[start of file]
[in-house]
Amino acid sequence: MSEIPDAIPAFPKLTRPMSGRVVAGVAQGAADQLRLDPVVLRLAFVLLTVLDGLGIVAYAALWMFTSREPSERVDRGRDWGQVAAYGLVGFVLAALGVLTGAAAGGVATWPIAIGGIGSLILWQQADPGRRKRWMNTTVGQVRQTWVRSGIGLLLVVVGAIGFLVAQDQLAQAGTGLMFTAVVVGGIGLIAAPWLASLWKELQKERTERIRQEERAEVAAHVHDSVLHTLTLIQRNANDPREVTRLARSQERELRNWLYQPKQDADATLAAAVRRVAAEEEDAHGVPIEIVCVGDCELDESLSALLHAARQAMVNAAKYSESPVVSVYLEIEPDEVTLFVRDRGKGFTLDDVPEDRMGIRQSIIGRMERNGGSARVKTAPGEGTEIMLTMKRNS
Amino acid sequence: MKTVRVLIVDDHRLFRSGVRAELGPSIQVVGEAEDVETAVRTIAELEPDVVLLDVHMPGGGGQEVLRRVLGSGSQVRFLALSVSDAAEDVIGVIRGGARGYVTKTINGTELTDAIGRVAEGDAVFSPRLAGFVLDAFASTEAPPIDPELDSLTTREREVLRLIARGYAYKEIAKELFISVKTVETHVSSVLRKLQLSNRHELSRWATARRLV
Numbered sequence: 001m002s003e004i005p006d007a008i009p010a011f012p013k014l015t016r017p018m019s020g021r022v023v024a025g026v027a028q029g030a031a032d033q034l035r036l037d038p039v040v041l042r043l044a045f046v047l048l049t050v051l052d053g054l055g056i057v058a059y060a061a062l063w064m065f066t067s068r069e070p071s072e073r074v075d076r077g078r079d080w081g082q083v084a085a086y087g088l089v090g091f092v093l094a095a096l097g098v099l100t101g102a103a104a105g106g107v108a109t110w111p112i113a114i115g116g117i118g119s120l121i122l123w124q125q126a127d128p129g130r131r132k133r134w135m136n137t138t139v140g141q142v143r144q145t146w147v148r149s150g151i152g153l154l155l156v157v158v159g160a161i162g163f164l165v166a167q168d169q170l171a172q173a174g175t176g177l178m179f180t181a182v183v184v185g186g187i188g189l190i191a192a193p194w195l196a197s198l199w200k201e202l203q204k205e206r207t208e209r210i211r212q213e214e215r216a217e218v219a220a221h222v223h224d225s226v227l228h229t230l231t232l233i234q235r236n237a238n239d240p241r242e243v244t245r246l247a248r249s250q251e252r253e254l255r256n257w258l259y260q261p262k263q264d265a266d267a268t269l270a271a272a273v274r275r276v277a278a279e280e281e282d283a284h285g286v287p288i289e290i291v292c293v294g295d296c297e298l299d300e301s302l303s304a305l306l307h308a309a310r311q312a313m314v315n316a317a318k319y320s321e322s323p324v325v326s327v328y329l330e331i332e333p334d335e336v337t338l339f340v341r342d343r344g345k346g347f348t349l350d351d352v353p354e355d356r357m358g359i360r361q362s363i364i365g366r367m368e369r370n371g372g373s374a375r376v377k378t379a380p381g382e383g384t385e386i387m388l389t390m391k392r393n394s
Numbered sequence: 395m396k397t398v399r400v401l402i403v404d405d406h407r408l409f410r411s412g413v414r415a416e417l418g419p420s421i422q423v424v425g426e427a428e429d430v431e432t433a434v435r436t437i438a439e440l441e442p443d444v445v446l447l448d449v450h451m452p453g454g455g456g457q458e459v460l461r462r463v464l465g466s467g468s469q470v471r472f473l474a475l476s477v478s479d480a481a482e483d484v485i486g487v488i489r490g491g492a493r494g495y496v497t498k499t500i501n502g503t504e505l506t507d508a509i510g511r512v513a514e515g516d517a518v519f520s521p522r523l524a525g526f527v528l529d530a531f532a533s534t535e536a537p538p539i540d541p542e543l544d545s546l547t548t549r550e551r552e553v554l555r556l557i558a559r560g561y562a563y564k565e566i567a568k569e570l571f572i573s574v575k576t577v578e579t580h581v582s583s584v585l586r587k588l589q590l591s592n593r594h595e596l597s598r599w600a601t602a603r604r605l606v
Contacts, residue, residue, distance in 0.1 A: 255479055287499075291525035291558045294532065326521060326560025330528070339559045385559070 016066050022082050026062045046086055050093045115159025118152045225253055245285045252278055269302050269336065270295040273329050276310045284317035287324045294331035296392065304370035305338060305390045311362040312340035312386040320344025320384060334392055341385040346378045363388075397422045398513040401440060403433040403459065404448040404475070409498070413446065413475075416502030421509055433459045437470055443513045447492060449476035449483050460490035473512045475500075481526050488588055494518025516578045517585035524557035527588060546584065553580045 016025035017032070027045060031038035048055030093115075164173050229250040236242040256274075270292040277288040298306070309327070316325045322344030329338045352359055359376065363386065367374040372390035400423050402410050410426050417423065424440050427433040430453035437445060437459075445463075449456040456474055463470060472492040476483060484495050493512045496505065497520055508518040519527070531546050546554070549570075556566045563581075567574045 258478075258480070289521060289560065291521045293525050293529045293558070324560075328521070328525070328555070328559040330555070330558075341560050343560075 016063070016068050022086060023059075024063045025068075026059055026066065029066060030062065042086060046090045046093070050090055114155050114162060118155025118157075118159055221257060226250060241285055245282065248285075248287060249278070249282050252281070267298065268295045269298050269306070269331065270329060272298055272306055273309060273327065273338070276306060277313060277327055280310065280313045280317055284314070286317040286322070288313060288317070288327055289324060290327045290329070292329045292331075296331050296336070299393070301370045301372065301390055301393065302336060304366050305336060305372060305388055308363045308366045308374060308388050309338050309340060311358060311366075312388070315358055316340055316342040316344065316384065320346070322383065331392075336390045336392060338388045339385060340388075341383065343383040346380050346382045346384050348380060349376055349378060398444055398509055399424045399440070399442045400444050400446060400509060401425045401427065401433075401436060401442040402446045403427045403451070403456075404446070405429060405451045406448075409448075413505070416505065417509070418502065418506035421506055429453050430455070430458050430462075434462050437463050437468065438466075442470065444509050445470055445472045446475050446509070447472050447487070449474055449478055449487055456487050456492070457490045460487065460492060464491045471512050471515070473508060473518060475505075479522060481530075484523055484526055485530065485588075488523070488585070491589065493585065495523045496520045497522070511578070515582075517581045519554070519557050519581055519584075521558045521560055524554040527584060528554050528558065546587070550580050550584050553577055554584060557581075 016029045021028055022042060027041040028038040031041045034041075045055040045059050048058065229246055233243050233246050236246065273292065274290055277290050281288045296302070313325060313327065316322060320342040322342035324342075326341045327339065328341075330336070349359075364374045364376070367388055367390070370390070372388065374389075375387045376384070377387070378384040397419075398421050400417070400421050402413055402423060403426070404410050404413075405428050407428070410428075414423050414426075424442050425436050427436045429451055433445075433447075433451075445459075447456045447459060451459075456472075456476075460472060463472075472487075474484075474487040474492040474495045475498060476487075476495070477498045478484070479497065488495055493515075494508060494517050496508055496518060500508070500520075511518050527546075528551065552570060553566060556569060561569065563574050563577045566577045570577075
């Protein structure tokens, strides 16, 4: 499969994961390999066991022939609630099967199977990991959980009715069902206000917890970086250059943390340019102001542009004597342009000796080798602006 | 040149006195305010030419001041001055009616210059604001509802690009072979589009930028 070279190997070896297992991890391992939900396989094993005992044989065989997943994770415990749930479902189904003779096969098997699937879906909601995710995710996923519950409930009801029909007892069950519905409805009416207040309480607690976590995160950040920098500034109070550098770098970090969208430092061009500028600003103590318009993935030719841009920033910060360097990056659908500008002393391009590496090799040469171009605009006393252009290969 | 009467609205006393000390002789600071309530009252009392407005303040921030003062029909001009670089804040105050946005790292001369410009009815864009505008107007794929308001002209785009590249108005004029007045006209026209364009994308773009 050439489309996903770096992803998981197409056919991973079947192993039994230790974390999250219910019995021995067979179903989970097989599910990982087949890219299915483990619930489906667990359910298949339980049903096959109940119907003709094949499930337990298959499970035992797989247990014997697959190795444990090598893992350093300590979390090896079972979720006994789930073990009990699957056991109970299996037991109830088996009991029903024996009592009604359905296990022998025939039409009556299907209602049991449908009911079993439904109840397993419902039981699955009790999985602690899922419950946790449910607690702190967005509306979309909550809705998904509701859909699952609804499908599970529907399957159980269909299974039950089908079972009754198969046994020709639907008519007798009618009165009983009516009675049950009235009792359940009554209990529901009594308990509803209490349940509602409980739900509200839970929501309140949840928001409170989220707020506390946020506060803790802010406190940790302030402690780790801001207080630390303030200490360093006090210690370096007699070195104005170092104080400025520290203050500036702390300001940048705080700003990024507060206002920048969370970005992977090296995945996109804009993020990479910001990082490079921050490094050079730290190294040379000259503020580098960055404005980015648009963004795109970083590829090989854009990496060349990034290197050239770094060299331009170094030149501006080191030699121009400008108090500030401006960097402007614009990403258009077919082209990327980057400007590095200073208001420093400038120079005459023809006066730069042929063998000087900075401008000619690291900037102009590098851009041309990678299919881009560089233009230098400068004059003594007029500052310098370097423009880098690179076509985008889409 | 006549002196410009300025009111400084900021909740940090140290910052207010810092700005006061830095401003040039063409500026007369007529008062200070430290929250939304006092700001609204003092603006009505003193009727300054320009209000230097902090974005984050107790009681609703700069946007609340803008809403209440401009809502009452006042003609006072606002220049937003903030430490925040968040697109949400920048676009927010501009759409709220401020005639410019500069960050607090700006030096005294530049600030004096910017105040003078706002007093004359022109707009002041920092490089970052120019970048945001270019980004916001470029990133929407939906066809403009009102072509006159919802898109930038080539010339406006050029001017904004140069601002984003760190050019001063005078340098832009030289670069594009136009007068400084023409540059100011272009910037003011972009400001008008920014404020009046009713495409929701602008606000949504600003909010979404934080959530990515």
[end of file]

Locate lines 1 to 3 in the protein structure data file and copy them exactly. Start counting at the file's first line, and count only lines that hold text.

[in-house]
Amino acid sequence: MSEIPDAIPAFPKLTRPMSGRVVAGVAQGAADQLRLDPVVLRLAFVLLTVLDGLGIVAYAALWMFTSREPSERVDRGRDWGQVAAYGLVGFVLAALGVLTGAAAGGVATWPIAIGGIGSLILWQQADPGRRKRWMNTTVGQVRQTWVRSGIGLLLVVVGAIGFLVAQDQLAQAGTGLMFTAVVVGGIGLIAAPWLASLWKELQKERTERIRQEERAEVAAHVHDSVLHTLTLIQRNANDPREVTRLARSQERELRNWLYQPKQDADATLAAAVRRVAAEEEDAHGVPIEIVCVGDCELDESLSALLHAARQAMVNAAKYSESPVVSVYLEIEPDEVTLFVRDRGKGFTLDDVPEDRMGIRQSIIGRMERNGGSARVKTAPGEGTEIMLTMKRNS
Amino acid sequence: MKTVRVLIVDDHRLFRSGVRAELGPSIQVVGEAEDVETAVRTIAELEPDVVLLDVHMPGGGGQEVLRRVLGSGSQVRFLALSVSDAAEDVIGVIRGGARGYVTKTINGTELTDAIGRVAEGDAVFSPRLAGFVLDAFASTEAPPIDPELDSLTTREREVLRLIARGYAYKEIAKELFISVKTVETHVSSVLRKLQLSNRHELSRWATARRLV